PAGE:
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Alcoholism: Clinical and Experimental Research ; 2023.
Article in English | EMBASE | ID: covidwho-20243488


Background: Nurses and other first responders are at high risk of exposure to the SARS-CoV2 virus, and many have developed severe COVID-19 infection. A better understanding of the factors that increase the risk of infection after exposure to the virus could help to address this. Although several risk factors such as obesity, diabetes, and hypertension have been associated with an increased risk of infection, many first responders develop severe COVID-19 without established risk factors. As inflammation and cytokine storm are the primary mechanisms in severe COVID-19, other factors that promote an inflammatory state could increase the risk of COVID-19 in exposed individuals. Alcohol misuse and shift work with subsequent misaligned circadian rhythms are known to promote a pro-inflammatory state and thus could increase susceptibility to COVID-19. To test this hypothesis, we conducted a prospective, cross-sectional observational survey-based study in nurses using the American Nursing Association network. Method(s): We used validated structured questionnaires to assess alcohol consumption (the Alcohol Use Disorders Identification Test) and circadian typology or chronotype (the Munich Chronotype Questionnaire Shift -MCTQ-Shift). Result(s): By latent class analysis (LCA), high-risk features of alcohol misuse were associated with a later chronotype, and binge drinking was greater in night shift workers. The night shift was associated with more than double the odds of COVID-19 infection of the standard shift (OR 2.67, 95% CI: 1.18 to 6.07). Binge drinkers had twice the odds of COVID-19 infection of those with low-risk features by LCA (OR: 2.08, 95% CI: 0.75 to 5.79). Conclusion(s): Working night shifts or binge drinking may be risk factors for COVID-19 infection among nurses. Understanding the mechanisms underlying these risk factors could help to mitigate the impact of COVID-19 on our at-risk healthcare workforce.Copyright © 2023 The Authors. Alcohol: Clinical and Experimental Research published by Wiley Periodicals LLC on behalf of Research Society on Alcohol.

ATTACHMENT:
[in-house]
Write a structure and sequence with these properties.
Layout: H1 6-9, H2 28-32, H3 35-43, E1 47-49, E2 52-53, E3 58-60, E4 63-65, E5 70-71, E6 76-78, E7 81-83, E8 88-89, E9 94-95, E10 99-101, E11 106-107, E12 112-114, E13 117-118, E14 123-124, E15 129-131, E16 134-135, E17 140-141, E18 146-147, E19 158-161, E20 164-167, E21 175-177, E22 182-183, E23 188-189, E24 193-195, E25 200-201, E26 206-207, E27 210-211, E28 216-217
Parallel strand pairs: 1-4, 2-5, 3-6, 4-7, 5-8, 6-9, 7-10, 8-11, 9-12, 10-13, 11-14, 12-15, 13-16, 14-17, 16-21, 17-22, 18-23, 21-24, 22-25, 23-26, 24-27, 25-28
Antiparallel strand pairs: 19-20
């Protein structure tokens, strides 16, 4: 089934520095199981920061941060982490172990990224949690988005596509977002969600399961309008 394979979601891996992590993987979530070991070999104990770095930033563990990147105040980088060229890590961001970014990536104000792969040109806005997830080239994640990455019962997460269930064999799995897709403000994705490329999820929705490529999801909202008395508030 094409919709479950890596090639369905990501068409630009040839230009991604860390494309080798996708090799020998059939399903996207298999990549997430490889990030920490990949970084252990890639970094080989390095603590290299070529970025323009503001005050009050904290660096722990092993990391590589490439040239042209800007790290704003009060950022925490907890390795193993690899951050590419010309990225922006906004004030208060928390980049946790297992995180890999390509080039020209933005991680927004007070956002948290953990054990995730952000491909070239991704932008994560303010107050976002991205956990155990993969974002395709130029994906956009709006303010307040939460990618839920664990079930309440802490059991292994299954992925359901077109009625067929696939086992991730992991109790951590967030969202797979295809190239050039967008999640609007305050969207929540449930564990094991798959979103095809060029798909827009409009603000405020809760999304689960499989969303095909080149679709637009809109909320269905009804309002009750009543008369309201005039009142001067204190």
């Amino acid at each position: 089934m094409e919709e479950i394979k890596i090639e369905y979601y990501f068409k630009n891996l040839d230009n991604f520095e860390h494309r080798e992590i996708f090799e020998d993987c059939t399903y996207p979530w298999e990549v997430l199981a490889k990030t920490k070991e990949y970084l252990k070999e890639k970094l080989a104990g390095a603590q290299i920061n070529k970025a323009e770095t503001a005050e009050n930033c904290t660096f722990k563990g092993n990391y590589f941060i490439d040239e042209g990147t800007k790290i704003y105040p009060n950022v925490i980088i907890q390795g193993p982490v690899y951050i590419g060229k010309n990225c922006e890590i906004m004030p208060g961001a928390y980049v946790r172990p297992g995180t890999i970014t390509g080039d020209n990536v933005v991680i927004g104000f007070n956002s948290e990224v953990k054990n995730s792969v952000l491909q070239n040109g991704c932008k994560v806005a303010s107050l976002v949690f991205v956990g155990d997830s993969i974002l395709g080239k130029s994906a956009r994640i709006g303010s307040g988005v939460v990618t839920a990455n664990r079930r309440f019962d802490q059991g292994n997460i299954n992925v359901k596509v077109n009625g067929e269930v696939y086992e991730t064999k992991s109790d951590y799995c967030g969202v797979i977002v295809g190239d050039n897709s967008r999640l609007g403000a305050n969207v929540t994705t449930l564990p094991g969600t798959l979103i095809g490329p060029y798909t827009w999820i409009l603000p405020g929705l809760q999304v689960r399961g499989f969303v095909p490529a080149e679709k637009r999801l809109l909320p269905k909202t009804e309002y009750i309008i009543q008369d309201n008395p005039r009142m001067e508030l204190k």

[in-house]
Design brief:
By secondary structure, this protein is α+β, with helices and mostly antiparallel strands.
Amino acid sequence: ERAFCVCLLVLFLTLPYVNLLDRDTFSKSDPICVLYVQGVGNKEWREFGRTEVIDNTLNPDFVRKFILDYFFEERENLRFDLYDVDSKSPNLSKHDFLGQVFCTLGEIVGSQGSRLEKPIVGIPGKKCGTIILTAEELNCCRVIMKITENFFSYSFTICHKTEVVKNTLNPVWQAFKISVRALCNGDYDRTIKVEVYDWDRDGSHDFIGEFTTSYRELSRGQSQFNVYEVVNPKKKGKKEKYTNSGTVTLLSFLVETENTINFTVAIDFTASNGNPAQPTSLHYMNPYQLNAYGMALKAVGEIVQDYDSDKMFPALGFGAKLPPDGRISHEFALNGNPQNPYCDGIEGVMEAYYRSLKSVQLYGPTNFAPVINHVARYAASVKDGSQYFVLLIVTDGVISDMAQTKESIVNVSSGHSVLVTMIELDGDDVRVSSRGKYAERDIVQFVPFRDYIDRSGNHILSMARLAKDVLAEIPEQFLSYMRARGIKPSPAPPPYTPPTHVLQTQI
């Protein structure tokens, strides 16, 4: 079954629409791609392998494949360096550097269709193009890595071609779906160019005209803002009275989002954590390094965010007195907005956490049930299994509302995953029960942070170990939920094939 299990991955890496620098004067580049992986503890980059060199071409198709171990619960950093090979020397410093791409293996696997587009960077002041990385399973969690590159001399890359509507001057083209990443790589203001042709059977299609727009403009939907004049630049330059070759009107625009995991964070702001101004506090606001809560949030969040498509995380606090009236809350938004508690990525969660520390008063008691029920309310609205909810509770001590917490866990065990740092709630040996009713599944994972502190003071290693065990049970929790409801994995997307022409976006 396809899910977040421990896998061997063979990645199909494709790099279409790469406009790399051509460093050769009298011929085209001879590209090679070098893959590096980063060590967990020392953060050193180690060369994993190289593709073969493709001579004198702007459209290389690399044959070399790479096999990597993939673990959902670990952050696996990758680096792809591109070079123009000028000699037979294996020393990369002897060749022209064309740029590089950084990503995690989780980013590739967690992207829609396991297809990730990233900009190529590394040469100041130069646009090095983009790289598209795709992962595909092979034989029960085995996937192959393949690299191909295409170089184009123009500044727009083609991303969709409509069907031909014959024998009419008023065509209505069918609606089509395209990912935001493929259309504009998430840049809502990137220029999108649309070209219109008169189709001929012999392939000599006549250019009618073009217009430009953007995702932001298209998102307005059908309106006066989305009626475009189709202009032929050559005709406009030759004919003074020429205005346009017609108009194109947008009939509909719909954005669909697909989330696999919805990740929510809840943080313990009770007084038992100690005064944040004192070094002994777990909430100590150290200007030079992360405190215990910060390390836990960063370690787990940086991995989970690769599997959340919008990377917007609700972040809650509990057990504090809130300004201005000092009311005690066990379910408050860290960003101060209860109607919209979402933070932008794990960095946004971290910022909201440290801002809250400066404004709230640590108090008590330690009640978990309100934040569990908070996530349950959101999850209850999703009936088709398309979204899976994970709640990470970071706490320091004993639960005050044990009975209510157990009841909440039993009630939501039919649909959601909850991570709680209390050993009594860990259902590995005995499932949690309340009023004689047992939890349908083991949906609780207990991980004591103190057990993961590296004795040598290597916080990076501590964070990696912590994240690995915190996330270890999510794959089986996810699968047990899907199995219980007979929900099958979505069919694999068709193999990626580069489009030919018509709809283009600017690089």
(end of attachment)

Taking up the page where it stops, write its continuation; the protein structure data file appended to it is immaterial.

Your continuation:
Topics in Antiviral Medicine ; 31(2):135-136, 2023.
Article in English | EMBASE | ID: covidwho-2318841


Background: SARS CoV 2 infection alters the immunological profiles of natural killer (NK) cells. However, whether NK anti-viral functions (direct cytotoxicity and/or antibody-dependent cell cytotoxicity (ADCC)) are impaired during severe COVID-19 and what host factors modulate these functions remain unclear. Method(s): Using functional assays, we examined the ability of NK cells from SARS-CoV-2 negative controls (n=12), mild COVID-19 patients (n=26), and hospitalized COVID-19 patients (n=41) to elicit direct cytotoxicity and ADCC [NK degranulation by flow] against cells expressing SARS-CoV-2 antigens. SARS-CoV- 2 N antigen plasma load was measured using an ultra-sensitive Simoa assay. We also phenotypically characterized the baseline expression of NK activating (CD16 and NKG2C), maturation (CD57), and inhibitory (NKG2A and the glyco-immune negative checkpoint Siglec-9) by flow cytometry. Finally, an anti-Siglec-9 blocking antibody was used to examine the impact of Siglec-9 expression on anti-SARS-CoV-2-specific ADCC [degranulation and target cell lysis]. Result(s): NK cells from hospitalized COVID-19 patients degranulate less against SARS-CoV-2-antigen-expressing cells (in direct cytolytic and ADCC assays) than did cells from mild COVID-19 patients or negative controls (Fig. 1A). The lower NK degranulation was associated with higher plasma levels of SARS-CoV-2 N-antigen (P<=0.02). Phenotypic and functional analyses showed that NK cells expressing Siglec-9 elicited higher ADCC than Siglec-9- NK cells (P<0.05;Fig. 1B). Consistently, Siglec-9+ NK cells expressed an activated and mature phenotype with higher expression of CD16, CD57, and NKG2C, and lower expression of NKG2A, than Siglec-9- NK cells (P<=0.03). These data are consistent with the concept that the NK cell subpopulation expressing Siglec-9 is highly activated and cytotoxic. However, the Siglec-9 molecule itself is an inhibitory receptor that restrains NK cytotoxicity during cancer and other infections. Indeed, blocking Siglec-9 significantly enhanced the ADCC-mediated NK degranulation and lysis of SARS-CoV-2-antigen-positive target cells (P<=0.05;Fig. 1C). Conclusion(s): These data support a model (Fig. 1D) in which the Siglec-9+ CD56dim NK subpopulation is cytotoxic even while being restrained by the inhibitory effects of Siglec-9. However, alleviating the Siglec-9-mediated restriction on NK cytotoxicity can further improve NK immune surveillance and presents an opportunity to develop novel immunotherapeutic tools against SARS-CoV-2 infected cells. (Figure Presented).